Civ. No. A3-76-72.
August 7, 1978.
John Hjellum, Hjellum, Weiss, Nerison, Jukkala Vinje, Jamestown, N. D., for plaintiff.
Timothy Q. Davies, Nilles, Hansen, Selbo, Magill Davies, Fargo, N. D., for R. Herschel Mfg. Co.
Daniel S. Letnes, Letnes Marshall, Grand Forks, N. D., for Killberry Industries.
Aikins, MacAulay Thorvaldson, Winnipeg, Manitoba, Canada, Vogel, Brantner, Kelly, Knutson, Weir Bye, Fargo, N. D., for Dayco Corp. (Ramco Division, Dayton Tire Rubber Co., Dayco Corp., Dayco Industries); Knox B. Foster, Winnipeg, Manitoba, Canada, Carlton J. Hunke, Fargo, N. D., of counsel.
The above-entitled action arose out of a personal injury claim asserted against plaintiff's insured by Emanuel Benkendorf. Plaintiff seeks indemnity from defendants for the amount paid by plaintiff in settlement of Benkendorf's claim against its insured. The matter is before the court on a Rule 56 motion of defendant Dayco Corporation (Dayco) for summary judgment and on the motion of defendant R. Herschel Manufacturing Co. (Herschel) to dismiss under Rule 12(b)(6), or alternatively for summary judgment.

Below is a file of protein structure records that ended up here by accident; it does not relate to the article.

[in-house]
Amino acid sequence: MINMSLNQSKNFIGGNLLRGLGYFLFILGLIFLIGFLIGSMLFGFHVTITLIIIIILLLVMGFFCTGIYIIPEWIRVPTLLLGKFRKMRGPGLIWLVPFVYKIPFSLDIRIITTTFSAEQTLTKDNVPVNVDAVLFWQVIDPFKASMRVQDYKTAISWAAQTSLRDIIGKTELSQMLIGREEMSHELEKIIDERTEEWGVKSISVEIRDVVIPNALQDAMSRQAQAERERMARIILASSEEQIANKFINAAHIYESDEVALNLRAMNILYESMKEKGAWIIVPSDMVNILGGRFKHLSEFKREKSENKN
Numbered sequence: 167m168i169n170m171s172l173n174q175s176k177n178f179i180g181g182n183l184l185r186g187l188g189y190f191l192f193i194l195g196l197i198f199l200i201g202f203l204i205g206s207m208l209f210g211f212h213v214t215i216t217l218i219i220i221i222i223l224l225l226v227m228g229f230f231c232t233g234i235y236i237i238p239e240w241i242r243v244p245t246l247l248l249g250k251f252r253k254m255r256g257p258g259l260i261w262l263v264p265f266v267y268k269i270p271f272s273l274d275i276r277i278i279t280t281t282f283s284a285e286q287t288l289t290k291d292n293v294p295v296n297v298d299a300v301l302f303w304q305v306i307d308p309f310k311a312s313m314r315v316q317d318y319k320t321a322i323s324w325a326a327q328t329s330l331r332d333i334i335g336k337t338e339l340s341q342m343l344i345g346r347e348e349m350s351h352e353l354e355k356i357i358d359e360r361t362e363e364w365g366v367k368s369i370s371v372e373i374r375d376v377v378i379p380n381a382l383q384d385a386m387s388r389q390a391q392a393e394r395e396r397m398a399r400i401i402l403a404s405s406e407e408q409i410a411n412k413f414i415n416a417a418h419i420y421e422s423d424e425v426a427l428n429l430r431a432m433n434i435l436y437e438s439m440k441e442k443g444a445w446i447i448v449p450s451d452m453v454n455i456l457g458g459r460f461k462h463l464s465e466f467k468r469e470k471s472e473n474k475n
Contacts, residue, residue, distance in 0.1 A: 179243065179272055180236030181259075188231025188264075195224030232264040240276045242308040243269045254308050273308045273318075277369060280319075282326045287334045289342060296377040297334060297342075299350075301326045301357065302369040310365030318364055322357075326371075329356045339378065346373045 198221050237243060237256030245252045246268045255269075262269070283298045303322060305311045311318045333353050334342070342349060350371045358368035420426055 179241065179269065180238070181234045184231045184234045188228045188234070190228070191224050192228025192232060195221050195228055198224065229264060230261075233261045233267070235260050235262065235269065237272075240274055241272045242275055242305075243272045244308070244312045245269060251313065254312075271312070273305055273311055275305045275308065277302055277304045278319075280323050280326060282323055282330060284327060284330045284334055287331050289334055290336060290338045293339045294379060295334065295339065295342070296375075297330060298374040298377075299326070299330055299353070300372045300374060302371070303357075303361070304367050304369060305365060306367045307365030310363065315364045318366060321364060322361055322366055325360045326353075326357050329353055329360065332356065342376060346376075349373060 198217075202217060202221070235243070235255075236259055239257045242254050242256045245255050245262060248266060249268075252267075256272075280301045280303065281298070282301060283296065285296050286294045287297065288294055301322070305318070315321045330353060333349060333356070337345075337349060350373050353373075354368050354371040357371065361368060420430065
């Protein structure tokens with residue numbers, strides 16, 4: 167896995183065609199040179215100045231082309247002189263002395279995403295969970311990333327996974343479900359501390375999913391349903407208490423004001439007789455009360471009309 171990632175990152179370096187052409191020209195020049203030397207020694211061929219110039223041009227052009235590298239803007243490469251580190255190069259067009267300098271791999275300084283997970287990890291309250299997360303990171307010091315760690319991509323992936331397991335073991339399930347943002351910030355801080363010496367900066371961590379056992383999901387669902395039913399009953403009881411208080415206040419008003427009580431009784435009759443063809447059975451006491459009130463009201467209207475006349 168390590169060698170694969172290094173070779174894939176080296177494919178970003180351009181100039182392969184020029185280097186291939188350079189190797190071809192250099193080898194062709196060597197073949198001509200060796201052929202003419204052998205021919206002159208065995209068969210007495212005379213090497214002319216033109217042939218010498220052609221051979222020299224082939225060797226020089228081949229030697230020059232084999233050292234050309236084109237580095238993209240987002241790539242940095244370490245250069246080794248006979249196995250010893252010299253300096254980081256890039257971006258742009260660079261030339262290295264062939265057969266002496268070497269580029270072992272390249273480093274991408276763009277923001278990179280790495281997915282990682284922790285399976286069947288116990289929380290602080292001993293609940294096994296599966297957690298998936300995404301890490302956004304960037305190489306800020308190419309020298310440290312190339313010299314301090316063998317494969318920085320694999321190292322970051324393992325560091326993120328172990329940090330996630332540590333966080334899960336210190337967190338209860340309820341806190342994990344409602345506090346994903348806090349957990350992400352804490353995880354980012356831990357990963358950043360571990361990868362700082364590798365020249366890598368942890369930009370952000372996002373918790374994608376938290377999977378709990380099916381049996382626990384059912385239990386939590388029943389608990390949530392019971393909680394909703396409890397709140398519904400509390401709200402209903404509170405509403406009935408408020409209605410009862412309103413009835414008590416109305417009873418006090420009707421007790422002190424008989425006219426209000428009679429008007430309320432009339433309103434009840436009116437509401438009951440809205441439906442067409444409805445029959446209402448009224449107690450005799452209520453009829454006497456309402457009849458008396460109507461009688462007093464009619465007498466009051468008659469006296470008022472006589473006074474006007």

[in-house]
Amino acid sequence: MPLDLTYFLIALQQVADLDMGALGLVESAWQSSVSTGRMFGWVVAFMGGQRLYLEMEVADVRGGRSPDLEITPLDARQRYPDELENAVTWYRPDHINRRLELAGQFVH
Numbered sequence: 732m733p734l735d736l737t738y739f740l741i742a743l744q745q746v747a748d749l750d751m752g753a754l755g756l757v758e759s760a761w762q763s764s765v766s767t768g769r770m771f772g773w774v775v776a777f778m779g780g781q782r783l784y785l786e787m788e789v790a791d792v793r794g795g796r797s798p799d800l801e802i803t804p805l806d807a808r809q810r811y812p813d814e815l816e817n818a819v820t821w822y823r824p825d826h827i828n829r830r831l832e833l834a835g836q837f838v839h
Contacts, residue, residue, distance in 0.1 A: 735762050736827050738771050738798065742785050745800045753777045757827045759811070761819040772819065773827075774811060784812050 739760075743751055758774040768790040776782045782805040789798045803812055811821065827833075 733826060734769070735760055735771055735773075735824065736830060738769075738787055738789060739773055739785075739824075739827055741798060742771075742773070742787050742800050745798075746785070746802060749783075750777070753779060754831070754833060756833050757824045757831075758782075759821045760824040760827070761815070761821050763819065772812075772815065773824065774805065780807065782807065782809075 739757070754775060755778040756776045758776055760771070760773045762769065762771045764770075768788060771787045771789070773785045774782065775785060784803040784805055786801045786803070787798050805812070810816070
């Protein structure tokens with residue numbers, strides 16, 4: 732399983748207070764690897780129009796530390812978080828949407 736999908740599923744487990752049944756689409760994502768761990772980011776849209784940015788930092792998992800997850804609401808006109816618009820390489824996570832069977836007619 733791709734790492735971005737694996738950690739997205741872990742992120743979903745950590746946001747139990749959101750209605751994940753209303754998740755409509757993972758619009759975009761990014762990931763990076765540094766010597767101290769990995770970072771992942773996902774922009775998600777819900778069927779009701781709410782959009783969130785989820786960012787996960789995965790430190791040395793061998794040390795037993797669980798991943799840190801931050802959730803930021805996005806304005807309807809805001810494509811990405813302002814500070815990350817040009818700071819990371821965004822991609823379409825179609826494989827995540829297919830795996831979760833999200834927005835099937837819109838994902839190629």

The court holds there is no genuine issue as to any material facts. Dayco, on its motion for summary judgment, is entitled to judgment as a matter of law. Herschel is entitled to judgment as a matter of law on the basis of its motion for summary judgment, and also on its motion to dismiss for failure to state a claim upon which relief can be granted.
The facts material to the pending motions are not in dispute. In August 1967, Emanuel Benkendorf purchased an Oliver swather from Martell Tractor Sales in Wishek, North Dakota. Martell had purchased the swather from Oliver Corporation, a distributor for the alleged manufacturer of the swather, defendant Killberry Industries.
On July 31, 1970, Benkendorf was operating the swather when the right drive chain came off. He drove to Wishek and purchased a new drive chain from Martell Tractor Sales. Martell had purchased the chain from defendant R. Herschel Manufacturing Co., who in turn had purchased it from Ramco Industries. Ramco had purchased the chain from defendant Fukoku Company, Ltd., the distributor for the alleged manufacturer, defendant Kaga Industries, Ltd. Plaintiff alleges that when Benkendorf purchased the chain, it was in a container on which was printed the name "Ramco Industries." Subsequent to the sale of the chain, Ramco Industries was succeeded by defendant Dayco Corporation.